Commonly known as “fracking,” the stimulation process involves injecting a mixture of water, sand and a small amount of chemical additives at high pressure into rock formations many thousands of feet below the surface of the earth. The mixture travels inside layers of cement and steel casing until it reaches the targeted formations with oil. In these targeted formations small fractures are made in the rock that provide a path for trapped oil and natural gas to flow into the wellbore.
The ingredients used in fracking fluids vary according to geology. Whiting designs each of its hydraulic fracturing jobs and fluid used to the specific characteristics of the rock we are operating in. In general terms, water makes up more than 90 percent of the solution. Sand, or proppant, constitutes approximately 9 percent and additives make up less than 1 percent of the total volume. The relatively small amount of additives generally consists of items you can find under your kitchen sink, as you can see here.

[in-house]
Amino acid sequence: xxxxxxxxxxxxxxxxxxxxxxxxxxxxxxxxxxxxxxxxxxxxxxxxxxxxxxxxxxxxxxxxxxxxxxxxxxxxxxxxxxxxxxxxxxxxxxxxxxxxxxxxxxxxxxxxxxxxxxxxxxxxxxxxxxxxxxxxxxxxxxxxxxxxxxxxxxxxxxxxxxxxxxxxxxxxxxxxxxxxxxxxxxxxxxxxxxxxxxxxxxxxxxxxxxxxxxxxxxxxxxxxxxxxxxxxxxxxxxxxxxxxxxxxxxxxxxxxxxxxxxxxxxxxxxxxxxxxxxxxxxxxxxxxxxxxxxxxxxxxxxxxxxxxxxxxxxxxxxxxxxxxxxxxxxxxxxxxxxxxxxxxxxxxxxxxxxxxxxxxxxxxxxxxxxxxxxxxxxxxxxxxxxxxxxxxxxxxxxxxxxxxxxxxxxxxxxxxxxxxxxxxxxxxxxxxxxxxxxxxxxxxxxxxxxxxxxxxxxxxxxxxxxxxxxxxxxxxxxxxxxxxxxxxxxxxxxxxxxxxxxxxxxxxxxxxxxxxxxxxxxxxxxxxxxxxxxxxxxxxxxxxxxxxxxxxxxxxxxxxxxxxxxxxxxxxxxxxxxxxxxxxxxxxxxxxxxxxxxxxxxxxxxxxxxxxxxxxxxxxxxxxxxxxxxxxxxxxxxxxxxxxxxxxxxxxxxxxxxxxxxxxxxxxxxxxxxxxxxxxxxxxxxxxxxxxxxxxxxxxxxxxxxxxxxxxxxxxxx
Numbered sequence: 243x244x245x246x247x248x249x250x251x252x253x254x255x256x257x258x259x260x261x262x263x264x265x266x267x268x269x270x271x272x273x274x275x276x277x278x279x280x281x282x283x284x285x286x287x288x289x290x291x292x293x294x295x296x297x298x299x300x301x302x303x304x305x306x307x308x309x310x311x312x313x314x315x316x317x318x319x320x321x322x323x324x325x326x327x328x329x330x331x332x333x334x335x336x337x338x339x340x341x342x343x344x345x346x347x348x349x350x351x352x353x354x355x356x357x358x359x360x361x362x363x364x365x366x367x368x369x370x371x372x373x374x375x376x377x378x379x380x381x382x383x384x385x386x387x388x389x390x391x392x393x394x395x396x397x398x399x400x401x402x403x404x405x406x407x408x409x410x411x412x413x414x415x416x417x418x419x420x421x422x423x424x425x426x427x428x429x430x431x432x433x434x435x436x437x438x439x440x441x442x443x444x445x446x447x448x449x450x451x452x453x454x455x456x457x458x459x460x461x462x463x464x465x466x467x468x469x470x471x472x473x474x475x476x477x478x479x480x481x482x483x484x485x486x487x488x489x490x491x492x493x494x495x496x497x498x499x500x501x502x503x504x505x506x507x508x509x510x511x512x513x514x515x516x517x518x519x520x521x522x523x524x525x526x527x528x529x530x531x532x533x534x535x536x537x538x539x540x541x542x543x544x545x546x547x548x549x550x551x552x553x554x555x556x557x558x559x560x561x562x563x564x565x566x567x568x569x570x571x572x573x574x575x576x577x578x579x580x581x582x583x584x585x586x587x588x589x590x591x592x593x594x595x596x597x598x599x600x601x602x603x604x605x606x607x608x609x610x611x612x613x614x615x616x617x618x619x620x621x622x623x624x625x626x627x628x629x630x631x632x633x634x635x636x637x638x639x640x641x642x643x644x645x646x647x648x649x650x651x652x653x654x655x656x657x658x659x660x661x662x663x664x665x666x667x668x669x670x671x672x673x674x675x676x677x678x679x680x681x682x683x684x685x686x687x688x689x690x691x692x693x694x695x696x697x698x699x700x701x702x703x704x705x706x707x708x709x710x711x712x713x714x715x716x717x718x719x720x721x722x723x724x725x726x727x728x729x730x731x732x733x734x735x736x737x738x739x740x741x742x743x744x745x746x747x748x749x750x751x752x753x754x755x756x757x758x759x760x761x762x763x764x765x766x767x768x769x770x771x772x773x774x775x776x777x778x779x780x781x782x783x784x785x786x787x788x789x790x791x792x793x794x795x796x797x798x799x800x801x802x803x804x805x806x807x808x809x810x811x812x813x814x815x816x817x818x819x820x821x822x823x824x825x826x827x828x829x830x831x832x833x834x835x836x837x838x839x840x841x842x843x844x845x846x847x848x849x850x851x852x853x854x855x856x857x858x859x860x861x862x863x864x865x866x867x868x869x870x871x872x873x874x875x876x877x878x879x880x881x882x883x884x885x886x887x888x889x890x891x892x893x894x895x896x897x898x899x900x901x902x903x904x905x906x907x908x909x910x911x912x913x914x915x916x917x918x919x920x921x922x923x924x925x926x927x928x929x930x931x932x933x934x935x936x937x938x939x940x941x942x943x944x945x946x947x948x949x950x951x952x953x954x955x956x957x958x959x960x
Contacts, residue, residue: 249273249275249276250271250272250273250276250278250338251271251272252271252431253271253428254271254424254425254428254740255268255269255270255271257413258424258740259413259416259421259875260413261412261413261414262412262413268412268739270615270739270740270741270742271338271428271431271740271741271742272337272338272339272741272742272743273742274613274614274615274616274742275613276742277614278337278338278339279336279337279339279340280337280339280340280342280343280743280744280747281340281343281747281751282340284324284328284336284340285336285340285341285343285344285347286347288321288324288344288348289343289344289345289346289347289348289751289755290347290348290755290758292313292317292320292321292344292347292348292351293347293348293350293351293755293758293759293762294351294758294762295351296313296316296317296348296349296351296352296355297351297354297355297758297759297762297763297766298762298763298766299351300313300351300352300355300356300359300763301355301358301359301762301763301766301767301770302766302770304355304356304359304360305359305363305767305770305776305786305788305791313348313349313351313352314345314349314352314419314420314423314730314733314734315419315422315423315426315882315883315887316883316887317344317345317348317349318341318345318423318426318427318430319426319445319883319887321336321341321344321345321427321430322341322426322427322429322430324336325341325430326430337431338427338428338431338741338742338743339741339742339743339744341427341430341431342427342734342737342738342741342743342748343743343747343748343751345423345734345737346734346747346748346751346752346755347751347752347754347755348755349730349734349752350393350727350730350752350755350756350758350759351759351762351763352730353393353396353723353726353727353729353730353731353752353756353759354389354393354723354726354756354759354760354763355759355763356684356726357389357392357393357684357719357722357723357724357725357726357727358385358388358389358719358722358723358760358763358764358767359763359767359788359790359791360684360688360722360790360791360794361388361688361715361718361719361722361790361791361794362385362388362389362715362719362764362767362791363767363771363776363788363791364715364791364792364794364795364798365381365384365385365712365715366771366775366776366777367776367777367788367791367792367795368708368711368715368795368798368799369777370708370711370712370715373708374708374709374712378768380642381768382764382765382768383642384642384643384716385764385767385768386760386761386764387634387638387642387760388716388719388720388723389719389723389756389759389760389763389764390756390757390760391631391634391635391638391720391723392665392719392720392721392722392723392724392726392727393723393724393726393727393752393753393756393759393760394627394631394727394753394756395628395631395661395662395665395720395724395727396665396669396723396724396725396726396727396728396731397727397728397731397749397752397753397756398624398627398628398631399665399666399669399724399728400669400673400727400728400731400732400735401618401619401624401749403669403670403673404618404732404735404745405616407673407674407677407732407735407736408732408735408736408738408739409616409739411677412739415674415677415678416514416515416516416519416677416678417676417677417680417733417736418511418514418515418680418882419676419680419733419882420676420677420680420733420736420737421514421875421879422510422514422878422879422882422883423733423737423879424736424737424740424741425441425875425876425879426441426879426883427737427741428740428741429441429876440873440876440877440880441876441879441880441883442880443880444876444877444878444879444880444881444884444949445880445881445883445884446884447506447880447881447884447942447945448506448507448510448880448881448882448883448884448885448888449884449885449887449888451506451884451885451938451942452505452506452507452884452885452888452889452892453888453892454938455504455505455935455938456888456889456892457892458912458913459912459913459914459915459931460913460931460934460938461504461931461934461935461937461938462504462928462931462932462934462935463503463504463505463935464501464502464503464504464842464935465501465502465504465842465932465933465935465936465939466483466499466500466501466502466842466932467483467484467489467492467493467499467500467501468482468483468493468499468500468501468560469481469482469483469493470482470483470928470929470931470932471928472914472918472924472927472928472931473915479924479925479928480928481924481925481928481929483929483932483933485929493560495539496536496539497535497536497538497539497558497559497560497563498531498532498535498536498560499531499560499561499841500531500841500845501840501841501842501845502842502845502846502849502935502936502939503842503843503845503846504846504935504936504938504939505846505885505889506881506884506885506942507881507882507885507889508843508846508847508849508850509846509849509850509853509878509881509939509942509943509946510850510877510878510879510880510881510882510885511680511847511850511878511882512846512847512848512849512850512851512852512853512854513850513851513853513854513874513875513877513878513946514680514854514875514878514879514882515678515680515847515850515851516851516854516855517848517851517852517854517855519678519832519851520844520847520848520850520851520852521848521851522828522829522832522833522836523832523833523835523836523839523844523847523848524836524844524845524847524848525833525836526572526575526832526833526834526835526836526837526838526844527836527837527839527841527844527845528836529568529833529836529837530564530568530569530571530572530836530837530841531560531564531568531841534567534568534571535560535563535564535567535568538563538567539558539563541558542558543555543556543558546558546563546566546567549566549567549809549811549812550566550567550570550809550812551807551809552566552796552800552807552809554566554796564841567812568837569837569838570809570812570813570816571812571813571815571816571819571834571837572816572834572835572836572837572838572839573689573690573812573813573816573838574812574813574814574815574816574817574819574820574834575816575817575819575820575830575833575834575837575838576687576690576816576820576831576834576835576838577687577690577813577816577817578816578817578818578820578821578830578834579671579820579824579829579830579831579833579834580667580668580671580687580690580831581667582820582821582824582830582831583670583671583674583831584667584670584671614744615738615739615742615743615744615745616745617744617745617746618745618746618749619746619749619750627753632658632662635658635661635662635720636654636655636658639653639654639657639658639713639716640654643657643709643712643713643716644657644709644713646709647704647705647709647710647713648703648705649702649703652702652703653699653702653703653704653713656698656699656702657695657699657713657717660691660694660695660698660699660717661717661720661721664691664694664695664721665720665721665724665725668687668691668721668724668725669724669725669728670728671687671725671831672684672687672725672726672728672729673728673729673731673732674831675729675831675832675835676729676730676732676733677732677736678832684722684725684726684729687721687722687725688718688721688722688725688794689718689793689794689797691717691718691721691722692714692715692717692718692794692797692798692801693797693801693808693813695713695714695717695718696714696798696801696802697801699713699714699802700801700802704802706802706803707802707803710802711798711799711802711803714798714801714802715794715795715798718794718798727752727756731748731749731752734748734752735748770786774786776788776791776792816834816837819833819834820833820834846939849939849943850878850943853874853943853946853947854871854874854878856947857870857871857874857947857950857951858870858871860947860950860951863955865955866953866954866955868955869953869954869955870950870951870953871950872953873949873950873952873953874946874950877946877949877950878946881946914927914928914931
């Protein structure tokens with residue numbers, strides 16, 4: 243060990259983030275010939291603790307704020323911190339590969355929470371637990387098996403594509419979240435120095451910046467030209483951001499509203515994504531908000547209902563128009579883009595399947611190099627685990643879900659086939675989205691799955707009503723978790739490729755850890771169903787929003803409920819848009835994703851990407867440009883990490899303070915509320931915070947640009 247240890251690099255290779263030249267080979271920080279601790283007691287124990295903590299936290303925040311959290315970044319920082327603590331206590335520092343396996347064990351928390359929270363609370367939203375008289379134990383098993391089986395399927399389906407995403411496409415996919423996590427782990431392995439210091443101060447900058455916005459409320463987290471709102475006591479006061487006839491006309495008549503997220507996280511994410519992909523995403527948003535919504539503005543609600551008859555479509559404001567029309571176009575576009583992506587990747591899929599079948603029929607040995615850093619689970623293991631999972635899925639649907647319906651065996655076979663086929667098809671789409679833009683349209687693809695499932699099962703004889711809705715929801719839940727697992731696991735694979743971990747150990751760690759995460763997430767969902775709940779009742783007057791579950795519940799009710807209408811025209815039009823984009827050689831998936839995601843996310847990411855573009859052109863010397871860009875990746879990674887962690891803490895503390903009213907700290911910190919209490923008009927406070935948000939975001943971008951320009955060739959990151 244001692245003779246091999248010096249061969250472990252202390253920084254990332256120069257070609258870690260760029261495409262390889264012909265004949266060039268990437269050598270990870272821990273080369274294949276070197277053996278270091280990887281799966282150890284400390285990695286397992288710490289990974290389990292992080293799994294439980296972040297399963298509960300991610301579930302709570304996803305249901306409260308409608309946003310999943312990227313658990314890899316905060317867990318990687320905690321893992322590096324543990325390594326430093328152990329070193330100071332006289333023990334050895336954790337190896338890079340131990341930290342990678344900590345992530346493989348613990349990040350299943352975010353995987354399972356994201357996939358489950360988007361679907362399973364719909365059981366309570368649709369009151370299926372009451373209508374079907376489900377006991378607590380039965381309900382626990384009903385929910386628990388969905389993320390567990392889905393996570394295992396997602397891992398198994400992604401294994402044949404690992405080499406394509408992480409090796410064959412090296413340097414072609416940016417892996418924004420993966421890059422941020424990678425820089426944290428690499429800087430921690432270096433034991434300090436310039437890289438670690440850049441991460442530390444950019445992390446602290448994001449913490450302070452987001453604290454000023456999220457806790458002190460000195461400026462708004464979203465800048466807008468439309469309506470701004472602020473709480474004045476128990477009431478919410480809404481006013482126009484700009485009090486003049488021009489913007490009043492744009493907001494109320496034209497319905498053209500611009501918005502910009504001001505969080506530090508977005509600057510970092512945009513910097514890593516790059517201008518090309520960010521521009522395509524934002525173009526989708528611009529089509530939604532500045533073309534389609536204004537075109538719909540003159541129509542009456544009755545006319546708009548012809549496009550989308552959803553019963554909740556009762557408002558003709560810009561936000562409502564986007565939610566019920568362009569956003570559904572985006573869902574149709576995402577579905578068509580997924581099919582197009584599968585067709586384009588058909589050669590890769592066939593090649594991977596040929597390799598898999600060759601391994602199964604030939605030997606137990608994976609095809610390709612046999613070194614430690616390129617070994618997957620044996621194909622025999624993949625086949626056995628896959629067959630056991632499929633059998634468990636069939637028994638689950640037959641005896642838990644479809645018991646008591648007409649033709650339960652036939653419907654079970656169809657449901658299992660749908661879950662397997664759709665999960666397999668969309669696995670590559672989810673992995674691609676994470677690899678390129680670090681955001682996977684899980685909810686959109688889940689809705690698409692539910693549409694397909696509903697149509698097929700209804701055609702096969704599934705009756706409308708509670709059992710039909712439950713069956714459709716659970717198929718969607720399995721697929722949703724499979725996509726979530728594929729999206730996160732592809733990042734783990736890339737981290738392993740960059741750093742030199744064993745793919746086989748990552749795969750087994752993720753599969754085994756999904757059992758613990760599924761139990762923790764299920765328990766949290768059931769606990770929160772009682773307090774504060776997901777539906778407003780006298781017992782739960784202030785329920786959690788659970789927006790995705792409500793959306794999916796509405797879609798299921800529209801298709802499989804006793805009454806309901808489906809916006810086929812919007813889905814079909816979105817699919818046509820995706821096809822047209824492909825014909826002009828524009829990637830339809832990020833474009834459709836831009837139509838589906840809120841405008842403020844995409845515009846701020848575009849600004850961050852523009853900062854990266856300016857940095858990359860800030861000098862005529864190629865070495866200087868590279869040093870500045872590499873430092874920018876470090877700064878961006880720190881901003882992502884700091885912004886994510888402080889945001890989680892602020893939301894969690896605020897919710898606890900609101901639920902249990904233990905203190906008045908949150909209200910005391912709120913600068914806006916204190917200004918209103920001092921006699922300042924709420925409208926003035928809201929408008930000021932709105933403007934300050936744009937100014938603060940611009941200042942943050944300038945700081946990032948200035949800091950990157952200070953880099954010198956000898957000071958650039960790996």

Whiting believes trust and transparency is essential to the continued progress of energy development. In furtherance of this belief, Whiting is dedicated to disclosing the chemicals used in our completion fluids. We provide a Hydraulic Fracturing Fluid Product Component Information Disclosure Report for each of our wells. Nearly 1,900 of these reports may be found on the FracFocus website. In addition to the operator and the fluid content, each filing identifies the API number, job start and end dates, state, county and well name. Whiting also works with all its vendors to report fluids used in hydraulic fracturing to FracFocus.
For more on Whiting’s method of hydraulic fracturing, watch this video: